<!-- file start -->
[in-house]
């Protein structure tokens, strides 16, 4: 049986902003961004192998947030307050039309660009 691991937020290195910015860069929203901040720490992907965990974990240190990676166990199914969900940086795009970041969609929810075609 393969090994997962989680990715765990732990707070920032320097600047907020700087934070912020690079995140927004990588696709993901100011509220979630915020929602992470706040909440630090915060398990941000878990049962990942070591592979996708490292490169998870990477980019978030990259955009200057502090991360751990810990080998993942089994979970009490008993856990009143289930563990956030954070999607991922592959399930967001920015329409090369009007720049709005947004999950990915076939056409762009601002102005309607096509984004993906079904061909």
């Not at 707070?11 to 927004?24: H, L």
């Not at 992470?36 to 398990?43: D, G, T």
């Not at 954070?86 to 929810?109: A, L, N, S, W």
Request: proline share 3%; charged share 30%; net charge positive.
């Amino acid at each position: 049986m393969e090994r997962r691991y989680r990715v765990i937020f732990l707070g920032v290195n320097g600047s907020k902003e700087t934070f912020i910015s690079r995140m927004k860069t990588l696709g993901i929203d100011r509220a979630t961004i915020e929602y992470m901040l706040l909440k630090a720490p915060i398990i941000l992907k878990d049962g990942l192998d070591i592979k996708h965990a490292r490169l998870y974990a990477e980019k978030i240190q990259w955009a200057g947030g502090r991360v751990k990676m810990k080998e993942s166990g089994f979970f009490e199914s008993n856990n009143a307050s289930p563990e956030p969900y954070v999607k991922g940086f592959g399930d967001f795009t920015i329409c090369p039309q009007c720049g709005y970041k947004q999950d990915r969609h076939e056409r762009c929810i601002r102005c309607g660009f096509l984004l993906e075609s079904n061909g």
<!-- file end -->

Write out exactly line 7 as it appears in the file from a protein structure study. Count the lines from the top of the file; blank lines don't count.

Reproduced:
């Amino acid at each position: 049986m393969e090994r997962r691991y989680r990715v765990i937020f732990l707070g920032v290195n320097g600047s907020k902003e700087t934070f912020i910015s690079r995140m927004k860069t990588l696709g993901i929203d100011r509220a979630t961004i915020e929602y992470m901040l706040l909440k630090a720490p915060i398990i941000l992907k878990d049962g990942l192998d070591i592979k996708h965990a490292r490169l998870y974990a990477e980019k978030i240190q990259w955009a200057g947030g502090r991360v751990k990676m810990k080998e993942s166990g089994f979970f009490e199914s008993n856990n009143a307050s289930p563990e956030p969900y954070v999607k991922g940086f592959g399930d967001f795009t920015i329409c090369p039309q009007c720049g709005y970041k947004q999950d990915r969609h076939e056409r762009c929810i601002r102005c309607g660009f096509l984004l993906e075609s079904n061909g």